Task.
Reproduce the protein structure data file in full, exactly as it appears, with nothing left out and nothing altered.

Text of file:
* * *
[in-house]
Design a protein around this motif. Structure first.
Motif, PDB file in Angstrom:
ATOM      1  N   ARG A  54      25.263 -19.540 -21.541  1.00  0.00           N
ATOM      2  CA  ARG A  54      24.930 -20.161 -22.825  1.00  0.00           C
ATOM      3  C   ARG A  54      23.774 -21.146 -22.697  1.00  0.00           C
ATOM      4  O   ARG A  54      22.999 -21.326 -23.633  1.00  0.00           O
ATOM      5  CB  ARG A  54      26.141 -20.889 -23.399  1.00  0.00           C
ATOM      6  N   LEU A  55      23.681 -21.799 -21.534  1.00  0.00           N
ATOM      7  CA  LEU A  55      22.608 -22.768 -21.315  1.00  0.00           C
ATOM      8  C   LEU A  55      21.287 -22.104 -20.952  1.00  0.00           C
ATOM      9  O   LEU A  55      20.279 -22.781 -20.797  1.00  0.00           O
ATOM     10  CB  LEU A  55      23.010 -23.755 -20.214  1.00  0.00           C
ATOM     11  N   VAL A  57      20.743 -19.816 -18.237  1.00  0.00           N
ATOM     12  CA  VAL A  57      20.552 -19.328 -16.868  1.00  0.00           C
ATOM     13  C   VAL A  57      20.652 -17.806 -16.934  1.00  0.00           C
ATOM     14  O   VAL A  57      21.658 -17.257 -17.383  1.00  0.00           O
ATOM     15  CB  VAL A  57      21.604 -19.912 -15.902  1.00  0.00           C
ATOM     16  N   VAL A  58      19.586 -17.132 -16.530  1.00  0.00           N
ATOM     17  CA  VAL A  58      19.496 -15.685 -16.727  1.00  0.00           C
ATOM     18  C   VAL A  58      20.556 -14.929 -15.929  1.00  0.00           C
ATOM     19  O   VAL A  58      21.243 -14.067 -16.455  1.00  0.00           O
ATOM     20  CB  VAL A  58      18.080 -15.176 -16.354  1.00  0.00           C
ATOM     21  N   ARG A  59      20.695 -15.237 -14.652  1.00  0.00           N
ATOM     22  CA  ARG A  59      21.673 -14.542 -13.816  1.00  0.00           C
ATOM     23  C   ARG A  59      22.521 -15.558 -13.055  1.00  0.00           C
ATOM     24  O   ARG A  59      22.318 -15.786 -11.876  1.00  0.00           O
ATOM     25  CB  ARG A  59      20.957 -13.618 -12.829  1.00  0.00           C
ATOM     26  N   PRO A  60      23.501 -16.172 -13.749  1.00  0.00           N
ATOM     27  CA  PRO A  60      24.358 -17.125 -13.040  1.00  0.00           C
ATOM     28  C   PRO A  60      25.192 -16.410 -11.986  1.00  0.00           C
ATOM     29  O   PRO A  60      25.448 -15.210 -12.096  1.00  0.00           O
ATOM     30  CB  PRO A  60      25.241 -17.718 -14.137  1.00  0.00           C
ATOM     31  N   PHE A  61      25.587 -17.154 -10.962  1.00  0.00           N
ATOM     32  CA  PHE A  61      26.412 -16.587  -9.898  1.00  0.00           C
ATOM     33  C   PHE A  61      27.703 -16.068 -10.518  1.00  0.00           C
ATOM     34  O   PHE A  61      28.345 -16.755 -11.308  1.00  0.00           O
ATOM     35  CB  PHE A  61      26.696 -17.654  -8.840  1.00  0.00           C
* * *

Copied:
[in-house]
Design a protein around this motif. Structure first.
Motif, PDB file in Angstrom:
ATOM      1  N   ARG A  54      25.263 -19.540 -21.541  1.00  0.00           N
ATOM      2  CA  ARG A  54      24.930 -20.161 -22.825  1.00  0.00           C
ATOM      3  C   ARG A  54      23.774 -21.146 -22.697  1.00  0.00           C
ATOM      4  O   ARG A  54      22.999 -21.326 -23.633  1.00  0.00           O
ATOM      5  CB  ARG A  54      26.141 -20.889 -23.399  1.00  0.00           C
ATOM      6  N   LEU A  55      23.681 -21.799 -21.534  1.00  0.00           N
ATOM      7  CA  LEU A  55      22.608 -22.768 -21.315  1.00  0.00           C
ATOM      8  C   LEU A  55      21.287 -22.104 -20.952  1.00  0.00           C
ATOM      9  O   LEU A  55      20.279 -22.781 -20.797  1.00  0.00           O
ATOM     10  CB  LEU A  55      23.010 -23.755 -20.214  1.00  0.00           C
ATOM     11  N   VAL A  57      20.743 -19.816 -18.237  1.00  0.00           N
ATOM     12  CA  VAL A  57      20.552 -19.328 -16.868  1.00  0.00           C
ATOM     13  C   VAL A  57      20.652 -17.806 -16.934  1.00  0.00           C
ATOM     14  O   VAL A  57      21.658 -17.257 -17.383  1.00  0.00           O
ATOM     15  CB  VAL A  57      21.604 -19.912 -15.902  1.00  0.00           C
ATOM     16  N   VAL A  58      19.586 -17.132 -16.530  1.00  0.00           N
ATOM     17  CA  VAL A  58      19.496 -15.685 -16.727  1.00  0.00           C
ATOM     18  C   VAL A  58      20.556 -14.929 -15.929  1.00  0.00           C
ATOM     19  O   VAL A  58      21.243 -14.067 -16.455  1.00  0.00           O
ATOM     20  CB  VAL A  58      18.080 -15.176 -16.354  1.00  0.00           C
ATOM     21  N   ARG A  59      20.695 -15.237 -14.652  1.00  0.00           N
ATOM     22  CA  ARG A  59      21.673 -14.542 -13.816  1.00  0.00           C
ATOM     23  C   ARG A  59      22.521 -15.558 -13.055  1.00  0.00           C
ATOM     24  O   ARG A  59      22.318 -15.786 -11.876  1.00  0.00           O
ATOM     25  CB  ARG A  59      20.957 -13.618 -12.829  1.00  0.00           C
ATOM     26  N   PRO A  60      23.501 -16.172 -13.749  1.00  0.00           N
ATOM     27  CA  PRO A  60      24.358 -17.125 -13.040  1.00  0.00           C
ATOM     28  C   PRO A  60      25.192 -16.410 -11.986  1.00  0.00           C
ATOM     29  O   PRO A  60      25.448 -15.210 -12.096  1.00  0.00           O
ATOM     30  CB  PRO A  60      25.241 -17.718 -14.137  1.00  0.00           C
ATOM     31  N   PHE A  61      25.587 -17.154 -10.962  1.00  0.00           N
ATOM     32  CA  PHE A  61      26.412 -16.587  -9.898  1.00  0.00           C
ATOM     33  C   PHE A  61      27.703 -16.068 -10.518  1.00  0.00           C
ATOM     34  O   PHE A  61      28.345 -16.755 -11.308  1.00  0.00           O
ATOM     35  CB  PHE A  61      26.696 -17.654  -8.840  1.00  0.00           C